“The term Taíno most directly refers to the diverse Arawak-speaking peoples of the Greater Antilles (Cuba, Jamaica, Haiti, the Dominican Republic and Puerto Rico) and their descendants.

Cubans reclaim their Taino Indian heritage. Smithsonian Magazine.

Though the Indigenous peoples’ numbers greatly dwindled upon contact with European colonizers, they survived disease, enslavement and brutality. Currently, a Native heritage movement involving Taíno descendants is growing throughout the Greater Antilles and in diasporic Caribbean communities in the United States, such as the region around New York City.

The Moxum family have mixed Native roots. Mr. Norman Moxum is of Arawak-descent, and his wife, Yolanda Moxum, comes from a Miskito community in Honduras. Photo Credit- John Homiak.

These diverse groups have established robust networks that continue the proud legacies of their Native ancestors, and “Taíno: Native Heritage and Identity in the Caribbean” provides a framework for understanding the growth of this movement in the Spanish-speaking Caribbean and the United States.”

The exhibition is presented in English and Spanish and will be open through October 2019.

Taíno: Native Heritage and Identity in the Caribbean” begins with an overview of Taíno cultures before European contact, where visitors encounter emblematic objects associated with aspects of Native political and spiritual life that would drastically change after European colonization. One particularly important series of objects identified in the exhibition are cemís. Considered living objects by Taíno peoples, cemís are stone, wooden or cotton artifacts used in ceremony to connect with deities, ancestors and forces of nature. In all, 31 objects from the museum’s collection serve as focal points for the exhibition, 19 of which date back to pre-contact (ca. A.D. 800–1500). The exhibition demonstrates how archaeological objects from the ancestral past inform and inspire the present-day Taíno movement.”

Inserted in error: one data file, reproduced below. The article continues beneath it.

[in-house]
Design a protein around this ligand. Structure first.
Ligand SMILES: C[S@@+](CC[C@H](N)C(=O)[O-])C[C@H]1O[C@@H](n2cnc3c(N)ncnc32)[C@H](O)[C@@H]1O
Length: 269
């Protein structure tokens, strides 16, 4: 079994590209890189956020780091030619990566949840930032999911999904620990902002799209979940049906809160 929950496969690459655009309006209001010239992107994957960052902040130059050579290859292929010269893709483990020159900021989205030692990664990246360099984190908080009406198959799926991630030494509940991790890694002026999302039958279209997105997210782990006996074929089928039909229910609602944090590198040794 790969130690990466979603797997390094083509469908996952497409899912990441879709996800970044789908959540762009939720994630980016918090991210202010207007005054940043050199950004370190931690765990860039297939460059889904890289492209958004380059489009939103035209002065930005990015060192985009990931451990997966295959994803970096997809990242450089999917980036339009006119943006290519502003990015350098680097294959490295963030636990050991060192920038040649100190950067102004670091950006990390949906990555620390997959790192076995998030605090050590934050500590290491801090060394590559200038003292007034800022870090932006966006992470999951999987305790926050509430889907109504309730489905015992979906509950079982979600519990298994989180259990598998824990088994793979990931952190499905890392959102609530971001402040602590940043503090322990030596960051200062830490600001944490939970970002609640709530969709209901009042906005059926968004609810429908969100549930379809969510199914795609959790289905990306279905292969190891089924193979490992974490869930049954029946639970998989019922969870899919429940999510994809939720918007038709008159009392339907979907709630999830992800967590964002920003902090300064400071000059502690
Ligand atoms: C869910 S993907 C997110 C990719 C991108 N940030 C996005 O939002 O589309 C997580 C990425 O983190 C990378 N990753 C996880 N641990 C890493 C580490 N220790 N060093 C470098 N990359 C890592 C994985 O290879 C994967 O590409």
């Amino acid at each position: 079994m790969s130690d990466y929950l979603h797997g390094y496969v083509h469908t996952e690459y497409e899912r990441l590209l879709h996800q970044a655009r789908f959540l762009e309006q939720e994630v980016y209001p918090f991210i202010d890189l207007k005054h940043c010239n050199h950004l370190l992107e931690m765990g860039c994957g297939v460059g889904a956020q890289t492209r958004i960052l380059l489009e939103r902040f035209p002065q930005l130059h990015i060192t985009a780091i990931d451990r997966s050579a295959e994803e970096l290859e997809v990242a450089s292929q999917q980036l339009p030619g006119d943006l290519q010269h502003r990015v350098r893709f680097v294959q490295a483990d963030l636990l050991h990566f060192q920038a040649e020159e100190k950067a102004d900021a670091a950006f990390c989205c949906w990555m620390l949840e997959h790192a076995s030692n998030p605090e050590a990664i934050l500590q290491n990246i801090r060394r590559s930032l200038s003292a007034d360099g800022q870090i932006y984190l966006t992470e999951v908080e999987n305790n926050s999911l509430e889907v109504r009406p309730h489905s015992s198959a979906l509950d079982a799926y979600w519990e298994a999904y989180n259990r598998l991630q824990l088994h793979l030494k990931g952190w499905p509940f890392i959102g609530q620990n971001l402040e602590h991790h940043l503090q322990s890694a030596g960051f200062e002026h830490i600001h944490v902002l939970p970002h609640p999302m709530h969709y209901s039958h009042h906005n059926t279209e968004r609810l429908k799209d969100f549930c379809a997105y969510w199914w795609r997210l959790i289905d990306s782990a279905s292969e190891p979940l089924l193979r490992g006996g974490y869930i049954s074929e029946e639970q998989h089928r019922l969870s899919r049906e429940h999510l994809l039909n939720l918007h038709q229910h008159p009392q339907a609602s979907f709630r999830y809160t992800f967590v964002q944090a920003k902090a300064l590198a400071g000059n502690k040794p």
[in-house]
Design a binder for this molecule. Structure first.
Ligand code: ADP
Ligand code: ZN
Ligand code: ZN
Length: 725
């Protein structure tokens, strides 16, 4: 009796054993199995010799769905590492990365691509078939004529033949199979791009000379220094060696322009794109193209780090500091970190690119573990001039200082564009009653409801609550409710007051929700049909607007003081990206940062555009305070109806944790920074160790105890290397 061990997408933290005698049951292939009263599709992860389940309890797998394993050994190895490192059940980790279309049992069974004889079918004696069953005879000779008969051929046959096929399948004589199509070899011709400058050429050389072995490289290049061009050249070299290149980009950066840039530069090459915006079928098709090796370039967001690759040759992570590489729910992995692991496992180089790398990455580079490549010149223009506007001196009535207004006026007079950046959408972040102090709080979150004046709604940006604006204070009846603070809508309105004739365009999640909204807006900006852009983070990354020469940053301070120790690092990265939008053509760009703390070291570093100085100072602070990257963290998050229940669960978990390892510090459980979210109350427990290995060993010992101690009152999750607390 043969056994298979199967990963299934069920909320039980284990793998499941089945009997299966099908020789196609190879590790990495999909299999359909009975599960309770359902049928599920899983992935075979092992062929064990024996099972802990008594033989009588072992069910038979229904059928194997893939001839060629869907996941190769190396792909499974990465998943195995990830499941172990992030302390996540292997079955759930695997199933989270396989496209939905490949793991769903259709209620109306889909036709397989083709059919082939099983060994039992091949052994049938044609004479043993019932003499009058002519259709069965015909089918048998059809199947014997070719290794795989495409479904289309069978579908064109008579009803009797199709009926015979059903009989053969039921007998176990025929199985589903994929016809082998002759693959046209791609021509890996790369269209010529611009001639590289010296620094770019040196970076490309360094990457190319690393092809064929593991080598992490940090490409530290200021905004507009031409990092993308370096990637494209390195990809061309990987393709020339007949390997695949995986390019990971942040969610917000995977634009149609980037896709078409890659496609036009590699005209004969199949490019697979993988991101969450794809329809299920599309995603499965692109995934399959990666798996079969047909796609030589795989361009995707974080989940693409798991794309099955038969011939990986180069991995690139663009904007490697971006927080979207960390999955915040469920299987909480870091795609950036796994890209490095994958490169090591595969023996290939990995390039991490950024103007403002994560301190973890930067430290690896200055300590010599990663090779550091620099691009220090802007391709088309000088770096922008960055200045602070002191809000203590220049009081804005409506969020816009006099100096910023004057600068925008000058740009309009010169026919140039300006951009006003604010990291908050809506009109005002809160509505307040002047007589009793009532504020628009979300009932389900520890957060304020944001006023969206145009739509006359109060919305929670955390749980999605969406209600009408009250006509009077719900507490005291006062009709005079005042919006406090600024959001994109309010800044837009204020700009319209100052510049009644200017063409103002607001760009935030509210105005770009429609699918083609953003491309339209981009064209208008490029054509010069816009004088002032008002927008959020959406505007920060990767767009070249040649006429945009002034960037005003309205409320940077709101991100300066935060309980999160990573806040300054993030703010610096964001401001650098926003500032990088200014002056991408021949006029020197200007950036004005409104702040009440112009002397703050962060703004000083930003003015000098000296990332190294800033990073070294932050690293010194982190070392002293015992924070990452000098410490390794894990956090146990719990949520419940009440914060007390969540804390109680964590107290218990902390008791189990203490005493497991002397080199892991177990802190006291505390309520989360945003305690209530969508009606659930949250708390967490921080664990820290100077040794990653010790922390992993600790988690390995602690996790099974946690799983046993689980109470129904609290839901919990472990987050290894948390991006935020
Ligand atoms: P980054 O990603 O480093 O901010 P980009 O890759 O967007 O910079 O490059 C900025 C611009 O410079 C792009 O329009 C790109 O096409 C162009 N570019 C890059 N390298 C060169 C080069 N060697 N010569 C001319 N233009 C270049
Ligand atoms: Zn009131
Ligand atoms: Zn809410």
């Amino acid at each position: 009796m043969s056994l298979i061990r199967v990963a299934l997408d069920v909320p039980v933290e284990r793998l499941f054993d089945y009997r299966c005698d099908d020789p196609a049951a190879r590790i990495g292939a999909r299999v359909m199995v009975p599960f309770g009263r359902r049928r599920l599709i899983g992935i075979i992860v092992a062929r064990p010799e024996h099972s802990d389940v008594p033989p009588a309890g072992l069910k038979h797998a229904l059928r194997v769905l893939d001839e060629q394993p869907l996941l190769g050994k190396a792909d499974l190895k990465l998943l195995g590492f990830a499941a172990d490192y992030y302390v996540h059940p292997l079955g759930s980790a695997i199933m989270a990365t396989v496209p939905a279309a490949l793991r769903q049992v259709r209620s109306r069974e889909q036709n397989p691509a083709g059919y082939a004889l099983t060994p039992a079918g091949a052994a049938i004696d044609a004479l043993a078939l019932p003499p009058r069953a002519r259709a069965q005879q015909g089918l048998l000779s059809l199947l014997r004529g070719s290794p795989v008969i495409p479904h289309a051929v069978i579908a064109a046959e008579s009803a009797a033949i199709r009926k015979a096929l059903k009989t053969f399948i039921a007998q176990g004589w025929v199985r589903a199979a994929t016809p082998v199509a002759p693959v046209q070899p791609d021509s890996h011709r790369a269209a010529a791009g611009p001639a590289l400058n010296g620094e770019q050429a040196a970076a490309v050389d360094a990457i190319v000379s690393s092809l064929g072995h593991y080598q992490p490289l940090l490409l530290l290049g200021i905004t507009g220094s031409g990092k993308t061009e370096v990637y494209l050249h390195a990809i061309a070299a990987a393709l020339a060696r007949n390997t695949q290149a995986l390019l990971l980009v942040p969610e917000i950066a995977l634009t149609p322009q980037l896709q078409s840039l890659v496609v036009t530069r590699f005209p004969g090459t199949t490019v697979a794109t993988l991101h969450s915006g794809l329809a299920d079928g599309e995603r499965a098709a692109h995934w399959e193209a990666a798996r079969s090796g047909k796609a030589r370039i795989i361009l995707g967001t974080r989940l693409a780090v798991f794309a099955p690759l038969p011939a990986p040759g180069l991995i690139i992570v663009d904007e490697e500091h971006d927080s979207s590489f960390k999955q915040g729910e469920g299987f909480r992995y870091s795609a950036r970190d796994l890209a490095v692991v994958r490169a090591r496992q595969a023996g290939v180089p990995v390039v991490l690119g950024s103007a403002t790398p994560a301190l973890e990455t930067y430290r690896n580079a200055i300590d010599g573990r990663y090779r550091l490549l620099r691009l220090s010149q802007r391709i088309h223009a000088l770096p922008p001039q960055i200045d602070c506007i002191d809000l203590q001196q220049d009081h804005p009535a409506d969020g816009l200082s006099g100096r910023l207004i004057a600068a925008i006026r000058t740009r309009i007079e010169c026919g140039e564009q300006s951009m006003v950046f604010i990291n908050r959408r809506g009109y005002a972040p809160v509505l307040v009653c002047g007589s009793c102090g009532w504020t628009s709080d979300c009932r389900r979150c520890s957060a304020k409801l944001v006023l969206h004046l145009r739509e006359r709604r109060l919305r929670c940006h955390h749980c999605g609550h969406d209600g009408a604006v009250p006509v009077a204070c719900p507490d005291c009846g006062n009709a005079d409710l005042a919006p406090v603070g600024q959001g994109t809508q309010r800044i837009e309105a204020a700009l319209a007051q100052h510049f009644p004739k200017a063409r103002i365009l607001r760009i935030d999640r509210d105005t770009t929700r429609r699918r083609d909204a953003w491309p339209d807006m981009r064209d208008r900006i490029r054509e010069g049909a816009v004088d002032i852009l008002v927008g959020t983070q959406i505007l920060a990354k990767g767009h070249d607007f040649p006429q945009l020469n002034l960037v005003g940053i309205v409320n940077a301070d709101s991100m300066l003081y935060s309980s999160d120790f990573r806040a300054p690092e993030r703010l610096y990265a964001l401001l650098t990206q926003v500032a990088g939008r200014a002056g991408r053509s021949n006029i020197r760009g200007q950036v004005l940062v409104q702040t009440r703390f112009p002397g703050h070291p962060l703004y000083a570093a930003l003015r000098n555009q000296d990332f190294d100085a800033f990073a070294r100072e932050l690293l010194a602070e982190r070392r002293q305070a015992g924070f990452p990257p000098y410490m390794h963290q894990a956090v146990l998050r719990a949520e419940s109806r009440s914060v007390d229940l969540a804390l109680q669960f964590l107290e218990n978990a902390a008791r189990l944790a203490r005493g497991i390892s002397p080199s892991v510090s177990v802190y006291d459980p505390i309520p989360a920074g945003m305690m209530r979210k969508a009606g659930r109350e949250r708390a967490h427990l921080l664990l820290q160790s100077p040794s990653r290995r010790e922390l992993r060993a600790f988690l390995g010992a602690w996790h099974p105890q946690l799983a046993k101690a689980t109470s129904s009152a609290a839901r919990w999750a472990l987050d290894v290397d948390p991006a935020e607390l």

For more information, including associated events, visit The Smithsonian’s National Museum of the American Indian